During her recent publicity tour for Even Silence Has an End, a riveting memoir of her experience as a political hostage, Ingrid Betancourt has sometimes been hailed as a hero. Dissenting voices, which include her estranged husband and several fellow hostages, have challenged that designation. The truth, I suspect, is a complex one. Sometimes heroism is thrust upon one, bestowing heroism despite oneself. Sometimes the heroism consists in simply surviving the challenge and continuing to live. Both of these may be the case with Ingrid Betancourt.
This one-time candidate for President of Colombia was kidnapped by guerrillas in 2002 and kept imprisoned in the Amazon jungle for six-and-a-half years. In a dramatic rescue which electrified the world in 2008, she and fourteen fellow hostages were liberated by the Colombian military. Betancourt has since mostly lived in France. In an incomprehensible move, this year Betancourt sued the Colombian government for economic and moral damages resulting from her captivity, a suit she then quickly dropped. In Colombia, widespread enmity against her has ensued as a result.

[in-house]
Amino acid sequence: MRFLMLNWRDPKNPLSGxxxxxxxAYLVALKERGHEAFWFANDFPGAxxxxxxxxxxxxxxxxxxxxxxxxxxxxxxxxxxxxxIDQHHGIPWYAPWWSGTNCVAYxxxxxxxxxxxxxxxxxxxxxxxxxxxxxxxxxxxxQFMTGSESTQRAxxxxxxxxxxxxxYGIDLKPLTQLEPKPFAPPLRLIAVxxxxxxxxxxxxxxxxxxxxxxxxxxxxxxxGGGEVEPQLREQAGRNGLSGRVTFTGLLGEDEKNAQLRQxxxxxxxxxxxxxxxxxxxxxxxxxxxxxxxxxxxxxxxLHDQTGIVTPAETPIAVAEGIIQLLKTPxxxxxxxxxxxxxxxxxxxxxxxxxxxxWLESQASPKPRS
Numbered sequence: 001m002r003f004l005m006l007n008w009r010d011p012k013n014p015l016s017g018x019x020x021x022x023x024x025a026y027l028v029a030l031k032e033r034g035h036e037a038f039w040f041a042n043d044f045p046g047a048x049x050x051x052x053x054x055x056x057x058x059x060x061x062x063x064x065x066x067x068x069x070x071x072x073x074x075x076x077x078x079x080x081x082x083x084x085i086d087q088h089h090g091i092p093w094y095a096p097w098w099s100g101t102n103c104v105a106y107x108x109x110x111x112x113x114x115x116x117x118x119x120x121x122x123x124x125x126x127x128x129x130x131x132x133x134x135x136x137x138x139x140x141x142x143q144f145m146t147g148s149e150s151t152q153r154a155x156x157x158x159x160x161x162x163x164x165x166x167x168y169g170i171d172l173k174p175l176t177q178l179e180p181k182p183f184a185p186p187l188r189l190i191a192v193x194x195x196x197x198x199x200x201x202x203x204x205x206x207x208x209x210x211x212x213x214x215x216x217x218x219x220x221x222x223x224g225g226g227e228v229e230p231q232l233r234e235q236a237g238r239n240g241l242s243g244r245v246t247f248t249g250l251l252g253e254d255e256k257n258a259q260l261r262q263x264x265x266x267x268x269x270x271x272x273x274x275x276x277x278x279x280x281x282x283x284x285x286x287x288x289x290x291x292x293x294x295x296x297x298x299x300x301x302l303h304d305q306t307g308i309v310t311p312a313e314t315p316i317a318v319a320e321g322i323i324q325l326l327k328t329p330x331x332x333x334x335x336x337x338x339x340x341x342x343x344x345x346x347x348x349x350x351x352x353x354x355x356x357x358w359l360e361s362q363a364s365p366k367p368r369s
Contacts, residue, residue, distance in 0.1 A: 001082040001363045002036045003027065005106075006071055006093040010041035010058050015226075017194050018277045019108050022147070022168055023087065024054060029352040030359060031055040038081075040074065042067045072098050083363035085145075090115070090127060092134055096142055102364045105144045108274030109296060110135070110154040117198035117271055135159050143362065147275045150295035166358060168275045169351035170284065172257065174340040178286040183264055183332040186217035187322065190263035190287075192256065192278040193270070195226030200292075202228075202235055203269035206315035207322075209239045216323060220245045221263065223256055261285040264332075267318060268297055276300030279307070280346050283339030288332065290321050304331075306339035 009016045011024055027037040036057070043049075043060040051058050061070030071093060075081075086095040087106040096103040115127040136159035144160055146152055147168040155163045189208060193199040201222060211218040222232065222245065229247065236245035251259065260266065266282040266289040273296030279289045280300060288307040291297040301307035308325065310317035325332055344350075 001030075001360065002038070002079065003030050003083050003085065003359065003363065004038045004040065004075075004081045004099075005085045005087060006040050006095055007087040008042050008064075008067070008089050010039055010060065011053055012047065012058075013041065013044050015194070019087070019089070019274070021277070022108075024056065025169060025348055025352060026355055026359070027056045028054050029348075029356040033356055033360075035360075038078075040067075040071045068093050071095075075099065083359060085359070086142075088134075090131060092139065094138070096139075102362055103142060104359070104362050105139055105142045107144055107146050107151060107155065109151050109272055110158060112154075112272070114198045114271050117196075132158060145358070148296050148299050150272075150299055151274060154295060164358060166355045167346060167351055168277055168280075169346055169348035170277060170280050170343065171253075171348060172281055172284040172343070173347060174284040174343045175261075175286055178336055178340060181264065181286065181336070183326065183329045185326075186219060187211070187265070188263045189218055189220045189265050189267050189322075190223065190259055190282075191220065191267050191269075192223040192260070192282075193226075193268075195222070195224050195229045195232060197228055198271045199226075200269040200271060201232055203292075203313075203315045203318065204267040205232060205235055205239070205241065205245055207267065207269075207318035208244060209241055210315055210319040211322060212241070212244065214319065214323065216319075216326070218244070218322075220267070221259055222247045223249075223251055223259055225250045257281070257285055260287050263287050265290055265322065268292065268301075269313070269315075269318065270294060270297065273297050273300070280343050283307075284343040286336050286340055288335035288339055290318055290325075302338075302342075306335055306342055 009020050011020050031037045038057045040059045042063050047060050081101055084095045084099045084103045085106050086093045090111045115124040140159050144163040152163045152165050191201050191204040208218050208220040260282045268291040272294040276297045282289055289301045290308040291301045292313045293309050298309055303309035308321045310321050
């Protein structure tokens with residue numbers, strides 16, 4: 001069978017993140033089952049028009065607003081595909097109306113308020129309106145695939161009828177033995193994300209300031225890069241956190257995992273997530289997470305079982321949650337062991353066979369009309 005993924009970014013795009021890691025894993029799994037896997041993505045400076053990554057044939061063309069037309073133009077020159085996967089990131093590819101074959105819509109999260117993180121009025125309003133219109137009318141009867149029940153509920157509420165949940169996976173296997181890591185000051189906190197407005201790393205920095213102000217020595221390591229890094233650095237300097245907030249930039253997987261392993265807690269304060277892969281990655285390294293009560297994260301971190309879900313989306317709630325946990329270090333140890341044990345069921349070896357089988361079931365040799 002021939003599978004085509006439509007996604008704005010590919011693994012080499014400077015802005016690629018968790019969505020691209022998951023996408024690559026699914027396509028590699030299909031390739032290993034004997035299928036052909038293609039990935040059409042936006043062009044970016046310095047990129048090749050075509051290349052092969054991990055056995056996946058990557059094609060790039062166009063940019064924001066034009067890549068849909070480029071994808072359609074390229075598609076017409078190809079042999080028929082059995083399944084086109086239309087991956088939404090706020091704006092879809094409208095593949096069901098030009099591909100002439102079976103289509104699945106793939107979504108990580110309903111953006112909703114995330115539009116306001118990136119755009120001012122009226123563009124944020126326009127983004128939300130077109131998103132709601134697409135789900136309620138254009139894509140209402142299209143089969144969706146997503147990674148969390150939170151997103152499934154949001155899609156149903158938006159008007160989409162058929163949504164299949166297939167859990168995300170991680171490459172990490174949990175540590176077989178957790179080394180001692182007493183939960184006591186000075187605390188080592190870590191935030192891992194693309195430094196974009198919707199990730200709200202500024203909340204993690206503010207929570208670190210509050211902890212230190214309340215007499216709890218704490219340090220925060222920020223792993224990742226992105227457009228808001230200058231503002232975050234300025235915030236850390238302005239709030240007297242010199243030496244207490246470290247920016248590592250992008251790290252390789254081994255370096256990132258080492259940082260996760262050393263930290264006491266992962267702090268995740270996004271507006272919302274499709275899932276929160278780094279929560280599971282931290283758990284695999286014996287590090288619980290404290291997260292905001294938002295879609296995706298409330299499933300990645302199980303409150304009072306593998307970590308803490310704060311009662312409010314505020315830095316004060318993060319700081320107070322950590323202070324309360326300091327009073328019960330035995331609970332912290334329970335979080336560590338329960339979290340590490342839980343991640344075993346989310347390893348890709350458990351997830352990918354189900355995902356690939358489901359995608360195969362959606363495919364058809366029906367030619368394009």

It is not surprising then that the reviews of her book are divided into two opposing camps. And yet, Betancourt’s experience as a captive offers insights into the nature of heroism. Who can imagine what it is like to live chained by the neck to a tree for months on end? Who has the courage to defy her captors by attempting to escape four times while imprisoned in the deepest Amazon jungle? Who can say what it is like to live for years in hot and primitive conditions, cheek to jowl with incompatible fellow prisoners and bullying jailers? To survive that with any shred of dignity is heroic all on its own. And, despite what her detractors say, Betancourt did use her experience in the jungle as an opportunity to hold a mirror to her own darkness.
“I did not want to emerge from the jungle as a shriveled old woman, ravaged by acrimony and hate …. I looked at myself in the mirror of other people and saw there all the defects of humanity—hatred, jealousy, greed, selfishness. But it was in myself that I observed them. … I did not like who I had become. … I decided to monitor myself … [but] ended up doing just the opposite of what my good resolutions dictated. My only solace was that I’d become aware of it."
Whether in freedom she has managed to follow her good resolutions is still an open question. Her actions since her release, both in having sued the government which rescued her and in shunning the husband who spent six-and-a-half years working for her freedom, might suggest otherwise. Her well-written memoir at the very least shows a self awareness of her defects of character. What she does about them in the remainder of her life may well decide whether she deserves to be called a hero.
Of potential interest: other posts in the A Hero’s Journey series.